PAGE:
Cigars entered my list of hobbies when I was in high school. I would buy them for friends when headed to random parties. Now, when I say “cigar”, I’m talking about Swisher Sweets and other machine-made sticks that one might purchase at a gas station. I never got into White Owl and their odd flavors. I would stick to the fancy ones in the tubes! I suppose this is how many people were introduced to the world of cigars.
It wasn’t until I was about 22 that I really became interested in the world of premium, handmade cigars. Real cigars! My best friend’s dad was enjoying a cigar on the front porch one time when I visited. It smelled much different (and better) than the crap I’d been smoking for years. I got curious. The attention to detail that he showed while smoking sparked a serious interest in me. He showed me his humidor and how he liked to keep the cigars at a certain humidity and temperature level. What? That was all new to me!
Fast forward a few years and here we are. I have my own ritual of smoking that I go through with each and every premium cigar. If I know I have to be somewhere, I don’t risk rushing through one. I take the time to relax, ponder, and enjoy.
Step 1: Inspect The Cigar
The first step is to inspect the cigar. Some people don’t pay much attention to it. Look at the veins, color, and construction. A properly wrapped cigar is something of beauty. The passion in the roll stems from the passion of the culture. Some other things to consider during your inspection:
- Is it soft to the touch?
- Does it have soft spots? What about blemishes?
- Any weird anomolies that stand out on the wrapper?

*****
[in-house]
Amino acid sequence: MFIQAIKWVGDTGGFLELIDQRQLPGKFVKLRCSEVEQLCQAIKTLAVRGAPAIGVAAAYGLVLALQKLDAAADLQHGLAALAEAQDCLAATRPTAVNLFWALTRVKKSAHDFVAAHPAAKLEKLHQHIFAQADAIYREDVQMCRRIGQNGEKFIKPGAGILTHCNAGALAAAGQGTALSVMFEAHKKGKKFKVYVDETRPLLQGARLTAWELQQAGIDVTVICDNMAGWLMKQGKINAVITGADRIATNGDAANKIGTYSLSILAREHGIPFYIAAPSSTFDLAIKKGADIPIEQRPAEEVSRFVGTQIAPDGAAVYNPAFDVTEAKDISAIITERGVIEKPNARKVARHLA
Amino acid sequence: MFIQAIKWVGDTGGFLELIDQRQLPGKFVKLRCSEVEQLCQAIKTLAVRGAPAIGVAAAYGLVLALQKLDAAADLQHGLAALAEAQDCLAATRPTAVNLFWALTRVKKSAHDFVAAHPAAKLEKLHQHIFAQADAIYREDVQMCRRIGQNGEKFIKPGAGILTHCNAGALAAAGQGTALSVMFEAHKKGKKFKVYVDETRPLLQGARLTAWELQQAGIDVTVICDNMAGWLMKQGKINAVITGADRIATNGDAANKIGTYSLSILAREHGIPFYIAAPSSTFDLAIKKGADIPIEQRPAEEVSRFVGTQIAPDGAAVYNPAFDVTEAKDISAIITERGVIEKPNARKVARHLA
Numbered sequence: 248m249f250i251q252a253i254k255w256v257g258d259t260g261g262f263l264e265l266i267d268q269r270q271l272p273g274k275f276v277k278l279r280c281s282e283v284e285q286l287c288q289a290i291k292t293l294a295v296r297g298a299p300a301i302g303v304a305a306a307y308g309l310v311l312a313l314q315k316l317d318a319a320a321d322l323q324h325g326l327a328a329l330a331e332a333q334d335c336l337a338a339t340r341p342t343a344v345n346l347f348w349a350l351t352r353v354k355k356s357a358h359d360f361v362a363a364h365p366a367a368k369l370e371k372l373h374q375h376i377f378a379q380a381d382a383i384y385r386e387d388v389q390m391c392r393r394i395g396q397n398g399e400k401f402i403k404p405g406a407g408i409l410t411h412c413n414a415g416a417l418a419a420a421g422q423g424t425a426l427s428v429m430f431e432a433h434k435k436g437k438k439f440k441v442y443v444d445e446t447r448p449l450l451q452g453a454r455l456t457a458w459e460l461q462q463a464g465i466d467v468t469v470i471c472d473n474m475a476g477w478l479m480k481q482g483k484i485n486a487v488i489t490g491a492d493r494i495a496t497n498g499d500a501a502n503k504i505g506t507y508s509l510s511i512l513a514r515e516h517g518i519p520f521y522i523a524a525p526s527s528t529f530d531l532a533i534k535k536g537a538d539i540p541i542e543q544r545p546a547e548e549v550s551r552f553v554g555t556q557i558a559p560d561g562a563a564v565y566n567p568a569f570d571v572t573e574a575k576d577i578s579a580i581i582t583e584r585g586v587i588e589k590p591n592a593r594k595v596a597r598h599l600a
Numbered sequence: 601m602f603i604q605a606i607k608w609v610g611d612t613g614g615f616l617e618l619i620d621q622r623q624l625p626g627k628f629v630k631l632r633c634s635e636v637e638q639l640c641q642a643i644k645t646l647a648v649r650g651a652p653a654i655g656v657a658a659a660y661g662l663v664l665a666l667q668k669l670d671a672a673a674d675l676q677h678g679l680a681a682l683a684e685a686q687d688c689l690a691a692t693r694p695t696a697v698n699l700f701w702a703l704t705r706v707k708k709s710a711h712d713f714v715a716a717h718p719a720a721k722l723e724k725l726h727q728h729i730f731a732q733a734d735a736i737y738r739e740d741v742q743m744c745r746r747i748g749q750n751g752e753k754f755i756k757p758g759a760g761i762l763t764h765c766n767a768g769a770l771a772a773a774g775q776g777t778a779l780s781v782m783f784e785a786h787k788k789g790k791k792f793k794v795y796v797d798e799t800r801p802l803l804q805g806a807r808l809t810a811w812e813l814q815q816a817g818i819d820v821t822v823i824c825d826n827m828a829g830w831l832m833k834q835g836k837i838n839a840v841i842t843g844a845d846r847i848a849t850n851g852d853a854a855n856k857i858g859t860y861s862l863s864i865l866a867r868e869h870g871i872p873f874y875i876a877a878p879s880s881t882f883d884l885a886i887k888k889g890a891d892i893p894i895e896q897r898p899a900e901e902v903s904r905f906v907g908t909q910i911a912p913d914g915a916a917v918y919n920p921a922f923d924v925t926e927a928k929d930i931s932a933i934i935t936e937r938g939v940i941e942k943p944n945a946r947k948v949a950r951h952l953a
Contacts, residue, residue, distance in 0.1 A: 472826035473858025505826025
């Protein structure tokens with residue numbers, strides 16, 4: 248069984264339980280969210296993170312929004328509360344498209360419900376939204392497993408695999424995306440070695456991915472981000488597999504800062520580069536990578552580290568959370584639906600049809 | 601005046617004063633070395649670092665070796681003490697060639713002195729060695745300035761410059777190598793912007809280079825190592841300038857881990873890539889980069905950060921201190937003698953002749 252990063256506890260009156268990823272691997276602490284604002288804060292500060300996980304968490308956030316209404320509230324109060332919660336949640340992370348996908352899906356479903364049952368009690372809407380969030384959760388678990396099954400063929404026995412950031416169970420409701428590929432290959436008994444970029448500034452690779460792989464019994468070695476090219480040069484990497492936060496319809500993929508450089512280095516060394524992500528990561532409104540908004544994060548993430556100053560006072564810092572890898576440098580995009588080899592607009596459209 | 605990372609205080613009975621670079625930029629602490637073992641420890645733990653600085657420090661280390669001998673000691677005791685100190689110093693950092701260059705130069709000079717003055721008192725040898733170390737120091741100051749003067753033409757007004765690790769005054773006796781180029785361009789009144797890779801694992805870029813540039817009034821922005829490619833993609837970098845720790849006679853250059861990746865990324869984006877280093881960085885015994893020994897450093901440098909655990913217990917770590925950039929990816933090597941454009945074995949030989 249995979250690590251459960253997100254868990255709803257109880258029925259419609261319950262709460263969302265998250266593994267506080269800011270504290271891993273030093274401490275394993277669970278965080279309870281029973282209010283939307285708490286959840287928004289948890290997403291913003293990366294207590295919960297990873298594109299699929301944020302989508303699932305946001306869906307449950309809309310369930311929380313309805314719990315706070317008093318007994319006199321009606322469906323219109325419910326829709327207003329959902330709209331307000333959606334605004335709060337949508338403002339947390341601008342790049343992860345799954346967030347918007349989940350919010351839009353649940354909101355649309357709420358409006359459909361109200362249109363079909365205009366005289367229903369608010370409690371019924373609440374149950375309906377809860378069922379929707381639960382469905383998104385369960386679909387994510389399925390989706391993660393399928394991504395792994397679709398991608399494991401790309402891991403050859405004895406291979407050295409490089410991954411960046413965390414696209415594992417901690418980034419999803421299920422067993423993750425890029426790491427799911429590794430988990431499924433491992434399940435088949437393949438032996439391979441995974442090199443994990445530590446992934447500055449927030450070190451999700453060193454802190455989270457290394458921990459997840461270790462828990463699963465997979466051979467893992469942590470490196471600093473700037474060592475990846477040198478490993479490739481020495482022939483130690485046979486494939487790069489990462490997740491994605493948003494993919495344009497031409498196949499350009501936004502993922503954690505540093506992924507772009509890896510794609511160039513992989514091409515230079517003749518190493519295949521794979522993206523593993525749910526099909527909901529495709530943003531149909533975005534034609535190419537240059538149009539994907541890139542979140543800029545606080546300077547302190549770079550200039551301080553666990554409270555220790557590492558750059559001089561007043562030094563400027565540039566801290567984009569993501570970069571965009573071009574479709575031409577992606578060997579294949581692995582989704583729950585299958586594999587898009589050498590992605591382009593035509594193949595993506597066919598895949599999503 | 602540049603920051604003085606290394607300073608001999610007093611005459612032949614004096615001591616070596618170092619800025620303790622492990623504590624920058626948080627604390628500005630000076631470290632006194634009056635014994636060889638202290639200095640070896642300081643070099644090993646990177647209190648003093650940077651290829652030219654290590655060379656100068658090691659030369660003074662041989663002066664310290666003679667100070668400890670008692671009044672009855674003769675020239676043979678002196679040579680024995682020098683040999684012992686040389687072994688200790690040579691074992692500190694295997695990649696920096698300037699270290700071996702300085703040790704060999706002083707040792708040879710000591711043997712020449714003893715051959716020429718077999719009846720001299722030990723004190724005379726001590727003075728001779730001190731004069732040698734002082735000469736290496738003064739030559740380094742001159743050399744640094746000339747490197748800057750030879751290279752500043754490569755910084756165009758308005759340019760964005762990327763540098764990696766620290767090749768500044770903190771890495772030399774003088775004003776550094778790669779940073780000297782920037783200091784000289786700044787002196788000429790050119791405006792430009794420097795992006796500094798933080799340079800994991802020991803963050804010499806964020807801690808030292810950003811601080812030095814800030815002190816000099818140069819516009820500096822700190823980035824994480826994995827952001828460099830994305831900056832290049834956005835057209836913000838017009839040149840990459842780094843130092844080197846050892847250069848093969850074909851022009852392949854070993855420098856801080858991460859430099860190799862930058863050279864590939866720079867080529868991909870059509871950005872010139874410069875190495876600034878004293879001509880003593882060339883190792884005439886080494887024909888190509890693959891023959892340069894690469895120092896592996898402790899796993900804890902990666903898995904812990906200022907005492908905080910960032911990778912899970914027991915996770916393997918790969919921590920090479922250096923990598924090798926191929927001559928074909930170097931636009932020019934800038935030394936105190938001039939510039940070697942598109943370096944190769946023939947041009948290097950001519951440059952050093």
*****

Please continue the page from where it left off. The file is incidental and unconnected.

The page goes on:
- Is the tobacco rolled tight when looking at the foot (the part you light)?
- What does the cigar smell like before lighting?
Amazing how much you miss when you don’t take the time to notice!
Step 2: Cut The Cigar
Once my initial inspection is complete, I like to grab my favorite cutter; Xikar MTX Multi-Tool. Some people bite off the cap, some use scissors. Some people take a huge chunk of the cap off and the damn thing starts to unravel on them. This step is important and should not be rushed. With the Xikar, I can take off the exact amount of the cap so that it doesn’t unravel. Precision!
Once the cigar is cut, it’s time to light.
Step 3: Light The Cigar
Lighting a premium cigar takes time to master. Some people like matches, but I prefer a triple-flame torch lighter. Toasting the foot of the cigar prior to drawing air through it can help create an even burn. Some people just hold the flame to the end of the cigar right off the bat and start puffing. In my opinion, that causes the cigar to burn too hot and become bitter.
Step 4: Smoke The Cigar
Over time, my palate has matured. In the early stages of smoking, all premium cigars just tasted like smoke. After a few years I started tasting flavor profiles like dark fruits, wood, nuts, and coffee. Your palate is uniquely yours. What I taste isn’t necessarily what you’ll taste. That’s the beauty.
Take time to enjoy the smaller things in life. Details can enhance the most satisfying hobbies on the planet.
Mike Dean is a guest blogging assistant with expertise in cigars from Famous Smoke Shop. Mike loves reviewing cigars and helping beginners become aficionados. Visit Famous-Smoke.com for information on winning the cigar lover’s trip of a lifetime!